Architect: La Dallman, Milwaukee, WI
Engineer: Pierce Engineers Inc., Milwaukee, WI
General Contractor: Ruvin Bros. Artisans & Trades Inc., Brown Deer, WI
Reinforcing Bar Fabricator: Gerdau Ameristeel, Madison, WI
Total Project Cost: $1.4 million.
Total Project Size: 4,500 sq ft
Award: 2010 CRSI Design Award Winner – Residential Building Category
The Ravine House in Fox Point, Wisconsin, features unparalleled views of the wooded ravine in which it is located, jutting in several directions to maximize scenery. Achieving its unique appearance and the structural support it demanded required value-engineering the project from wood framing into a conventionally reinforced and post-tensioned concrete design.
The two-story home includes a partial basement and an exterior deck. Basement and foundation walls, footings and slabs on grade were all cast on site with conventionally reinforced concrete. Extending upward from the foundation in an irregular layout, reinforced concrete columns and walls provide the support for the second-floor slab. The walls were sandblasted to add an attractive finish that retained the concrete appearance of the exterior.
Both first and second floors of the residence, which is wrapped with expansive windows and steel panels, cantilever in several corners to maximize views. The first floor cantilevers to the south and east over a mildly sloping grade. To achieve this, the slab on grade was thickened to eight inches and reinforced from the cantilever edge to seven feet inside the perimeter foundation wall.
Cantilevering to the south and southeast, the second floor consists of a site-cast post-tensioned slab and provides the mechanism by which roof-framing loads and non-stacking exterior walls are transferred to the supporting elements below. A post-tensioned slab was used to transfer these loads while providing a thin 10-inch structural system profile.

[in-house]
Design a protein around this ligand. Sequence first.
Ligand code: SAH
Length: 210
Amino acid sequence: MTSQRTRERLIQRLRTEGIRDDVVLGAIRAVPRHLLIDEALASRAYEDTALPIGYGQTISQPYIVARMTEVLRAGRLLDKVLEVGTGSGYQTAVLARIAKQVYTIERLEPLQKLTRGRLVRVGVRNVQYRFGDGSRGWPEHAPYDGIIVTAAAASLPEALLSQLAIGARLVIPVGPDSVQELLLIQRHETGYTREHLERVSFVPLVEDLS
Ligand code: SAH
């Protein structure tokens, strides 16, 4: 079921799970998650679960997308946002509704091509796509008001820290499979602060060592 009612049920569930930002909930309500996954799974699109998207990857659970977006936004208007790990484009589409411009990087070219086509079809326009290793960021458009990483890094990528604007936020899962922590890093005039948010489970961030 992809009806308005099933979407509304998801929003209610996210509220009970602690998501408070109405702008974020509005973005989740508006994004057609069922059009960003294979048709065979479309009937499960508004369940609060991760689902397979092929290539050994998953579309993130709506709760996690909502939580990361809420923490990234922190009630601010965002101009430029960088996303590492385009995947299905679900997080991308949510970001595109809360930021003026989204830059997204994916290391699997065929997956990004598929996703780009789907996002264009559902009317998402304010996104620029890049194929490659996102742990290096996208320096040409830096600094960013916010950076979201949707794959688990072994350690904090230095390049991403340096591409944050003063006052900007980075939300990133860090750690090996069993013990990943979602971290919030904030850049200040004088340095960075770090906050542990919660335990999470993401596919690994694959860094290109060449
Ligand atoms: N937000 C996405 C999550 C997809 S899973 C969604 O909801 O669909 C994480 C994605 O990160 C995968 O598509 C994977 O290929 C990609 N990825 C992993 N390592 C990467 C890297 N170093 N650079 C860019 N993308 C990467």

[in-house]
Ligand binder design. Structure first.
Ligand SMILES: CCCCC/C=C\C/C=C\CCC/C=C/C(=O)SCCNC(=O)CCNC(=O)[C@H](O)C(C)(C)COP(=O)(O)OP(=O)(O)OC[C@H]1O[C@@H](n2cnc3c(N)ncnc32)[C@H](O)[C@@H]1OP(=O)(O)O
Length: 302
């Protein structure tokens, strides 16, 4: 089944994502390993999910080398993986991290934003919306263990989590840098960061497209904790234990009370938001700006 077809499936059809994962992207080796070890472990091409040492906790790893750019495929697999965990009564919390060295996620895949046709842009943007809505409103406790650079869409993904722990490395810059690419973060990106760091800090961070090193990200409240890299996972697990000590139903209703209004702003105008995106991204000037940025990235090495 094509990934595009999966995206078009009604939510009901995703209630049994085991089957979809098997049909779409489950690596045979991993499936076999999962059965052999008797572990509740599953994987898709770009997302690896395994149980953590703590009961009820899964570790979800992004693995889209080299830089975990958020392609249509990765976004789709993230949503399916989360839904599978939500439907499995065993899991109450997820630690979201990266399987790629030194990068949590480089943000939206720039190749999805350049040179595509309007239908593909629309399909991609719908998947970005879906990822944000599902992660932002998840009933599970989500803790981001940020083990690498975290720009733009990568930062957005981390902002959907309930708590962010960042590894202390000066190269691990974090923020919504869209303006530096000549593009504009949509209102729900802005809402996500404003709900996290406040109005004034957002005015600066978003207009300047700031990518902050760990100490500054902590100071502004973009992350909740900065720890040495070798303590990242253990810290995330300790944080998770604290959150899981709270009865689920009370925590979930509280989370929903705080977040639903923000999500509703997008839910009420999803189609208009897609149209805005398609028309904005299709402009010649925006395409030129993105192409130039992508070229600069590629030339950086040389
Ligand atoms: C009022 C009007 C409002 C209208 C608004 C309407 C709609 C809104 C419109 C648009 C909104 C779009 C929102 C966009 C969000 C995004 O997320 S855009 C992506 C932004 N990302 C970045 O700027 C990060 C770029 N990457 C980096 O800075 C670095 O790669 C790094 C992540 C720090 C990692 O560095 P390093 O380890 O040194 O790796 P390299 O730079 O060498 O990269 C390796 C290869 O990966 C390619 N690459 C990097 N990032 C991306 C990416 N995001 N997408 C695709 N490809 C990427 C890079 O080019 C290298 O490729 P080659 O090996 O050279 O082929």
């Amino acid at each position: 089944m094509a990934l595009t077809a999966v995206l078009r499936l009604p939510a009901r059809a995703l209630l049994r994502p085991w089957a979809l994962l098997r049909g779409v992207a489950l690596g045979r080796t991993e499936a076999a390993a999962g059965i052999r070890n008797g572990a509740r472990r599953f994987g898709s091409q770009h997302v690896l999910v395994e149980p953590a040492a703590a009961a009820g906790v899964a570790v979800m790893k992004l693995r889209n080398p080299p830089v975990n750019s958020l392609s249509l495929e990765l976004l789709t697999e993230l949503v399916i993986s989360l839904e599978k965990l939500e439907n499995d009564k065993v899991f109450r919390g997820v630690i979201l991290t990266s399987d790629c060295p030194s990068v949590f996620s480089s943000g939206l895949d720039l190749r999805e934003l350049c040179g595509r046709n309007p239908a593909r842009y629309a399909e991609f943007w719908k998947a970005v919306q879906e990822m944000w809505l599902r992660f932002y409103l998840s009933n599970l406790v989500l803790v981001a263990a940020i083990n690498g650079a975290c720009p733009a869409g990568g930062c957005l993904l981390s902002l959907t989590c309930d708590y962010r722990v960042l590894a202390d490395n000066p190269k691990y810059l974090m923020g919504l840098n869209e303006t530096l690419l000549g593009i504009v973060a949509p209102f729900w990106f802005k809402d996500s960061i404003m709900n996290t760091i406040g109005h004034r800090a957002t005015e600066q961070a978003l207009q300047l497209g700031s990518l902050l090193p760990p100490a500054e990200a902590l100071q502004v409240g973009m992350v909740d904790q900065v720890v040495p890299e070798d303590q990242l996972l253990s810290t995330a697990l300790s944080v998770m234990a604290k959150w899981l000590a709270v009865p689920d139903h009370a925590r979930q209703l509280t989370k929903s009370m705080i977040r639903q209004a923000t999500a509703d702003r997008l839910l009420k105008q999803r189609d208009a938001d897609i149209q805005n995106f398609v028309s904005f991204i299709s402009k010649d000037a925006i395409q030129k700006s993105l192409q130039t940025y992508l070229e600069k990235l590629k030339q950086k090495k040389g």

The initial wooden-frame design was deemed insufficient for both architectural and structural reasons. Conventional reinforced and post-tensioned concrete provided the strength and flexibility necessary to meet the unique desires of the architect and owner. The goal was to provide a rich set of intentional juxtapositions, with progressively cantilevering masses.
As a finishing touch, the dining room’s poured-urethane table top was set onto an asymmetric, conventionally reinforced concrete pedestal, which was cast remotely as one monolithic element and delivered to the site. It provides certain strength and stability and reinforces that the home was designed expressly for its environment.
Reinforced concrete was the essential material choice for this beautiful home. The post-tensioned second-floor slab was critical to achieving the desired aesthetic. Sandblasting the walls inside the home provided a unique and attractive touch. Stained concrete floors and the concrete table base are nice additions that blend well with the surrounding interiors.